Size does matter, when you’re blending colors at least.
I’ve noticed in my color classes that sometimes the students who spin very fine don’t get as big of a thrill out of mixing colors by plying or drafting together as students who spin bigger yarns.
Why? Because of the relation of optical blending and size.
Optical blending is the visual phenomena where your eye and brain try to make two colors that are next to each other into a new color. You can see it at work in pointillist paintings, and those big photos made up of other smaller photos – like at your kid’s elementary school, everyone’s individual school photo is used to build a photo of the school or school mascot.
Optical blending works best to make a new color when colors are small, tiny dots side by side rather than chunks of color. It’s easier for your eyes and brain to mix colors when they are smaller spots.
Cjkoho Designs: Anne Elliot on BFL
I tend to spin around worsted+ weight yarns, and I love the dots of color I get when drafting braids together or on themselves. It makes yarn that looks tweedy, rather than striped. Plying yarns together, where the colors don’t match up, gives even bigger spots of color.
When I spin finer the color blend more together and it makes yarn that looks more heathered, it gives more of an appearance or cast of a new color.
I spun and knit some samples to prove it to myself, using Cjkoho Designs BFL in the color Anne Elliot, and spun and knit four 2-ply samples.
I spun DK and chunky weight yarns and plied them trying not to match.
Plied yarns. Chunky left, DK right
Side by side, I can see exactly what a difference size makes, from skein to individual strand to knitted swatch. I like them both, but if I want more obvious colors and less blending in plied yarn, I will spin chunkier.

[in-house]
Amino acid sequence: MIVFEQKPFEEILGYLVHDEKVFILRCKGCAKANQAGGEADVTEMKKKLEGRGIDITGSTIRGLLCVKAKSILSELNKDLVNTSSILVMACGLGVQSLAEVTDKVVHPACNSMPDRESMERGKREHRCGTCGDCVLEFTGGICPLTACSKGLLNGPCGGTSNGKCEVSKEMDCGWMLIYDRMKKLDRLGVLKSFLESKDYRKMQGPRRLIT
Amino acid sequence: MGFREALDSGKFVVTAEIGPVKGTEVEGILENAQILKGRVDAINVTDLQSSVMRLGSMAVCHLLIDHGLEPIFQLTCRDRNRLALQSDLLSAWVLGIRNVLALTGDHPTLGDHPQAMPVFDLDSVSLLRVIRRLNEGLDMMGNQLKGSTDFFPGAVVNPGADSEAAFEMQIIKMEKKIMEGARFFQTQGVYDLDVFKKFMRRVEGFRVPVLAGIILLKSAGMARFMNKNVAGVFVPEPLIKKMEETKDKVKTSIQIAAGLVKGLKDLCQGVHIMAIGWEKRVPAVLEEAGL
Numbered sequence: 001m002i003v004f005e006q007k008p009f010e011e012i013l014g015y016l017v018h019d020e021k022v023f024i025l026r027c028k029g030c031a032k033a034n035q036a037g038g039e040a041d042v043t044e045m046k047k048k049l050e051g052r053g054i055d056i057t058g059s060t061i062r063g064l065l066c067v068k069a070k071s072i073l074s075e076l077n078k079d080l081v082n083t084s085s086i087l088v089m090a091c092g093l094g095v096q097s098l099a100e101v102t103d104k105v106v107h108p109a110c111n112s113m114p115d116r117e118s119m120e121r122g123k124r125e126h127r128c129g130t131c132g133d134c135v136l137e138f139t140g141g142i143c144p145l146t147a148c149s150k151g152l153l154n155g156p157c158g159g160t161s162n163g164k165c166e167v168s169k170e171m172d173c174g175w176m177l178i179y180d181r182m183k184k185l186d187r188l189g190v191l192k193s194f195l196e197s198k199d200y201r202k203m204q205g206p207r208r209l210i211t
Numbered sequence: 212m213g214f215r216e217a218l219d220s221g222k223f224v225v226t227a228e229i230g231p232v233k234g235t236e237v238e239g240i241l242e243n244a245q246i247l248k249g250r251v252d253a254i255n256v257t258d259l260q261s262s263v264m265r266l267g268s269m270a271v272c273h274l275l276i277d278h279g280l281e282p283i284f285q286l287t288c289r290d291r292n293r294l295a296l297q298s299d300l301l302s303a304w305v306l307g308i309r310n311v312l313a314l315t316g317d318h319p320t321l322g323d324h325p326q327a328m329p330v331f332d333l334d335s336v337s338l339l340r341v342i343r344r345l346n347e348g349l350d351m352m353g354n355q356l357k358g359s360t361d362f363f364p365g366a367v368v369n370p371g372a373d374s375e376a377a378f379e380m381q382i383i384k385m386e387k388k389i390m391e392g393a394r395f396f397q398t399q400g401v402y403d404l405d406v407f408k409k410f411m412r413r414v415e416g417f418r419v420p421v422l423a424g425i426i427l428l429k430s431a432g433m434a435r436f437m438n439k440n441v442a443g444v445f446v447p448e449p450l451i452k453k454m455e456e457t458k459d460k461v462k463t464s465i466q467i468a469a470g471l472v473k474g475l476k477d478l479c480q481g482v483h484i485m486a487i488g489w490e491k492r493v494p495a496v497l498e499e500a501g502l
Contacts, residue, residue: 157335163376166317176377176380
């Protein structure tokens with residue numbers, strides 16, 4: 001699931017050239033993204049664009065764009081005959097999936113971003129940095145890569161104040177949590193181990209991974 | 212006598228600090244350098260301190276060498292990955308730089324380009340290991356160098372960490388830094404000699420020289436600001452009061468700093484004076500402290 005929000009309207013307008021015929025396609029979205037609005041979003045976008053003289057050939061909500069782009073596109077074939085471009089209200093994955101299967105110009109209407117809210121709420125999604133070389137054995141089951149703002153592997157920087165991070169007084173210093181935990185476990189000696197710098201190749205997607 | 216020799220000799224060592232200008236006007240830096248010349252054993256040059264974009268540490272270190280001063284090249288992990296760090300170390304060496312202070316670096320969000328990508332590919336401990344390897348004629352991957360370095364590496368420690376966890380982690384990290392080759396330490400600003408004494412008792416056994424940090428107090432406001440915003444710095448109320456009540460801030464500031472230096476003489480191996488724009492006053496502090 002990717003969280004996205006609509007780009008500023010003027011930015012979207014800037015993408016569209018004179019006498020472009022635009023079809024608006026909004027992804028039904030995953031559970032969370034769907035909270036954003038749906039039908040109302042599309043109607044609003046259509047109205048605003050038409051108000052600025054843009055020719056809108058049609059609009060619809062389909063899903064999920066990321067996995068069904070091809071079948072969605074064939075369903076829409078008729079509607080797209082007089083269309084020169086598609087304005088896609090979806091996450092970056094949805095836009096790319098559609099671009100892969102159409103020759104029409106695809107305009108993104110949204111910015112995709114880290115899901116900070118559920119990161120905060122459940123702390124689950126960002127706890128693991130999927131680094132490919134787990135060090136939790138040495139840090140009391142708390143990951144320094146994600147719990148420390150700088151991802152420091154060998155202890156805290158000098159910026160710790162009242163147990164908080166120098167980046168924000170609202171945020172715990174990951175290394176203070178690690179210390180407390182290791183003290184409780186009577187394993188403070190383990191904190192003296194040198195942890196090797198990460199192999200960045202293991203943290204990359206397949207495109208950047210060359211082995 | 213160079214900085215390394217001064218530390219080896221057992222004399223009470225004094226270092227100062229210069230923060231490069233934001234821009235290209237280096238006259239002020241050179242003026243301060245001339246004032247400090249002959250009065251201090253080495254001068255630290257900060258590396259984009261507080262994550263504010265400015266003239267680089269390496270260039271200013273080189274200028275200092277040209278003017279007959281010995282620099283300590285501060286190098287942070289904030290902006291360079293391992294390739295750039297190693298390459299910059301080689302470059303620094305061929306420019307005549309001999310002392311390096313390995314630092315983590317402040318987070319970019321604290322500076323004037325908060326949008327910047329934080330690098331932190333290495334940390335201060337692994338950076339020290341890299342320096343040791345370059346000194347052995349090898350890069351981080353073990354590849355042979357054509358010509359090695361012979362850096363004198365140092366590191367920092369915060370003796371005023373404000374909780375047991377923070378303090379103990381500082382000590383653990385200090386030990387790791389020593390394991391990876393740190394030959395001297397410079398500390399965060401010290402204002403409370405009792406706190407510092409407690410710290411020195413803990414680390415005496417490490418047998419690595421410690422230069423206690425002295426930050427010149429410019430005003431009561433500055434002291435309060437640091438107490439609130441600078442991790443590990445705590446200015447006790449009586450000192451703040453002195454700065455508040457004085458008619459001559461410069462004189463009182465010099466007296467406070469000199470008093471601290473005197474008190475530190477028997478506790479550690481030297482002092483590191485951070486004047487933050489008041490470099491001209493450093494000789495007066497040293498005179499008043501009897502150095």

I spun DK and chunky yarns, drafting the fiber on itself, and then plying.
Drafted together yarns. Chunky left; DK right
This style of spinning (sometimes called Combo Drafting or Double Marl) blends the colors together more in general. I never tire of looking at the individual strands. To me the double marl, first in the single then in the ply, and how it flows randomly is gorgeous. In the finer yarn, it creates a cast of color.
Here are the four yarns side by side to get an overview feeling:
Chunky left, DK right
The difference in the chunky yarn isn’t as apparent in the skein. In the finer yarn, the color is definitely blended.
Comparing both Chunky and DK gives me an even better feeling for the techniques working in the sizes.
Ply left, drafted together right
The drafted-together yarns are less bright in both sizes, and even more so in the finer yarn. The smaller dots of color swirl together visually.
Here are the four knitted swatches together. Ply is on the left, draft and ply on the right:
All four yarns swatched in stockinette stitch. Chunky on top, DK on the bottom, plied yarns on the left, drafted together yarns on the right.
This is where I get excited in my sampling – the moment when I take my samples to the medium I intend to use. The Chunky samples aren’t really that much different. The plied sample is brighter than the drafted-together sample because the colors get to stand alone in bigger spots, rather than touching in both draft and ply.
The finer yarn swatches are fascinating to me. The ply sample on the left is lighter, and I can see more individual colors. But the drafted sample, while not as bright color-wise, seems to glow. To my eye it has more depth in color and is more interesting.
This colorway is lovely, but sedate, my favorite shades of dirt. I wanted to try the draft and ply, because it’s what I do the most (and what folks get excited about in my classes) in a brighter color.
I chose Abstract Fiber in the color Deschutes on BFL/silk.
Abstract Fiber Bfl/silk, color: Deschutes.
In the skeins, yarns and swatches. I see can the difference in size a lot here.
Drafted-together yarns. Chunky left, DK right
The aqua color washes over everything in the finer yarn. I like it, but like the bigger pops of color in the chunky yarn. I hadn’t realized how much aqua was in this colorway until I spun it.
So this is another fun and exciting experiment that tells me one more variable I can choose when spinning yarn for a project. It also gives me another answer to the question why my yarn and my spinning friends’ yarns often look very different when we spin the same braids. In the words of one of my childhood heroes, Mr. Spock, “Fascinating”.